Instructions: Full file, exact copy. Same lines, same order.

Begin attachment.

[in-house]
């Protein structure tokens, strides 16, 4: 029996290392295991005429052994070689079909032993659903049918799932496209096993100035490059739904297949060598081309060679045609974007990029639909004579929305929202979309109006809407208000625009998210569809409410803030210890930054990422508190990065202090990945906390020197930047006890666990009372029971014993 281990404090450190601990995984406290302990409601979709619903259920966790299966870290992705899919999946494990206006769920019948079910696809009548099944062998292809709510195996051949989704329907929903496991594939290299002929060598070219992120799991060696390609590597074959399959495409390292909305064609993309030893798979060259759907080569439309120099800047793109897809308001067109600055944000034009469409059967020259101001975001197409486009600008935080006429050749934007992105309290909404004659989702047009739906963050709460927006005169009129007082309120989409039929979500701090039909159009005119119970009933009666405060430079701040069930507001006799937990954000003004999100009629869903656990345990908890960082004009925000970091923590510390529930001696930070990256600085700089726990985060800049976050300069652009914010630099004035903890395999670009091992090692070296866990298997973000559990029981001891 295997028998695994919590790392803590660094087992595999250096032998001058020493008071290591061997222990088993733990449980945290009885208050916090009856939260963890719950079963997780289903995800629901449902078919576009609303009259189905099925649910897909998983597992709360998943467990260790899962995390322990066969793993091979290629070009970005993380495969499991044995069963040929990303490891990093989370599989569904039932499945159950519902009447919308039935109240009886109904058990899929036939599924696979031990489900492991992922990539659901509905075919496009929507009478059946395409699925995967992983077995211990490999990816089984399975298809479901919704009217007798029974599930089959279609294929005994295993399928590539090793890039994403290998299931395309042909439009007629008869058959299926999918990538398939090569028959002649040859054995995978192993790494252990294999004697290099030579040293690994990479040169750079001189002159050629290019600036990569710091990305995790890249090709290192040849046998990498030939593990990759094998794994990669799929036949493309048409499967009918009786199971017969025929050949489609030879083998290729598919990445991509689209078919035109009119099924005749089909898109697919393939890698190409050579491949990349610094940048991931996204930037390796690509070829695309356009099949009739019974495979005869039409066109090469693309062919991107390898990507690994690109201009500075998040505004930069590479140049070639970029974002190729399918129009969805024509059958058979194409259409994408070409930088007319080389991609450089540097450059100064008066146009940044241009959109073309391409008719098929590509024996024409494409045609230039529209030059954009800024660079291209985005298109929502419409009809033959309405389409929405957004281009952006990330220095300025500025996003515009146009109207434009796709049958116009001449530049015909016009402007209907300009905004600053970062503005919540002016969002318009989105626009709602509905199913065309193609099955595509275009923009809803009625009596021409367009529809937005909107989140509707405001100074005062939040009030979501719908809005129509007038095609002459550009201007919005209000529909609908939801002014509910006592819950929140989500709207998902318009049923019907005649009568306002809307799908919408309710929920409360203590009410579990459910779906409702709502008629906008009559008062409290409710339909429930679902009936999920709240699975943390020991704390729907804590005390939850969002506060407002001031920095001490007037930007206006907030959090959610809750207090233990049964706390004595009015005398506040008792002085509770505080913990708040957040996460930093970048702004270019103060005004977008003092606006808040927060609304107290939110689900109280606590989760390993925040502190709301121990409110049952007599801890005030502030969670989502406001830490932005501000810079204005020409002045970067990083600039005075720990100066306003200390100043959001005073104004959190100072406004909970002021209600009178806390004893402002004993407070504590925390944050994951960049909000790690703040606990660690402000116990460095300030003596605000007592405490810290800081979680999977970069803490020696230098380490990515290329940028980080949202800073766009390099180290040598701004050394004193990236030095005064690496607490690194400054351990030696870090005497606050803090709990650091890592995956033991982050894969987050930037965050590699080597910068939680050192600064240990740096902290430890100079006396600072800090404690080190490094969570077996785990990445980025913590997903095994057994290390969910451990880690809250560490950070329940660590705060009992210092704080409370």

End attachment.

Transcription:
[in-house]
């Protein structure tokens, strides 16, 4: 029996290392295991005429052994070689079909032993659903049918799932496209096993100035490059739904297949060598081309060679045609974007990029639909004579929305929202979309109006809407208000625009998210569809409410803030210890930054990422508190990065202090990945906390020197930047006890666990009372029971014993 281990404090450190601990995984406290302990409601979709619903259920966790299966870290992705899919999946494990206006769920019948079910696809009548099944062998292809709510195996051949989704329907929903496991594939290299002929060598070219992120799991060696390609590597074959399959495409390292909305064609993309030893798979060259759907080569439309120099800047793109897809308001067109600055944000034009469409059967020259101001975001197409486009600008935080006429050749934007992105309290909404004659989702047009739906963050709460927006005169009129007082309120989409039929979500701090039909159009005119119970009933009666405060430079701040069930507001006799937990954000003004999100009629869903656990345990908890960082004009925000970091923590510390529930001696930070990256600085700089726990985060800049976050300069652009914010630099004035903890395999670009091992090692070296866990298997973000559990029981001891 295997028998695994919590790392803590660094087992595999250096032998001058020493008071290591061997222990088993733990449980945290009885208050916090009856939260963890719950079963997780289903995800629901449902078919576009609303009259189905099925649910897909998983597992709360998943467990260790899962995390322990066969793993091979290629070009970005993380495969499991044995069963040929990303490891990093989370599989569904039932499945159950519902009447919308039935109240009886109904058990899929036939599924696979031990489900492991992922990539659901509905075919496009929507009478059946395409699925995967992983077995211990490999990816089984399975298809479901919704009217007798029974599930089959279609294929005994295993399928590539090793890039994403290998299931395309042909439009007629008869058959299926999918990538398939090569028959002649040859054995995978192993790494252990294999004697290099030579040293690994990479040169750079001189002159050629290019600036990569710091990305995790890249090709290192040849046998990498030939593990990759094998794994990669799929036949493309048409499967009918009786199971017969025929050949489609030879083998290729598919990445991509689209078919035109009119099924005749089909898109697919393939890698190409050579491949990349610094940048991931996204930037390796690509070829695309356009099949009739019974495979005869039409066109090469693309062919991107390898990507690994690109201009500075998040505004930069590479140049070639970029974002190729399918129009969805024509059958058979194409259409994408070409930088007319080389991609450089540097450059100064008066146009940044241009959109073309391409008719098929590509024996024409494409045609230039529209030059954009800024660079291209985005298109929502419409009809033959309405389409929405957004281009952006990330220095300025500025996003515009146009109207434009796709049958116009001449530049015909016009402007209907300009905004600053970062503005919540002016969002318009989105626009709602509905199913065309193609099955595509275009923009809803009625009596021409367009529809937005909107989140509707405001100074005062939040009030979501719908809005129509007038095609002459550009201007919005209000529909609908939801002014509910006592819950929140989500709207998902318009049923019907005649009568306002809307799908919408309710929920409360203590009410579990459910779906409702709502008629906008009559008062409290409710339909429930679902009936999920709240699975943390020991704390729907804590005390939850969002506060407002001031920095001490007037930007206006907030959090959610809750207090233990049964706390004595009015005398506040008792002085509770505080913990708040957040996460930093970048702004270019103060005004977008003092606006808040927060609304107290939110689900109280606590989760390993925040502190709301121990409110049952007599801890005030502030969670989502406001830490932005501000810079204005020409002045970067990083600039005075720990100066306003200390100043959001005073104004959190100072406004909970002021209600009178806390004893402002004993407070504590925390944050994951960049909000790690703040606990660690402000116990460095300030003596605000007592405490810290800081979680999977970069803490020696230098380490990515290329940028980080949202800073766009390099180290040598701004050394004193990236030095005064690496607490690194400054351990030696870090005497606050803090709990650091890592995956033991982050894969987050930037965050590699080597910068939680050192600064240990740096902290430890100079006396600072800090404690080190490094969570077996785990990445980025913590997903095994057994290390969910451990880690809250560490950070329940660590705060009992210092704080409370």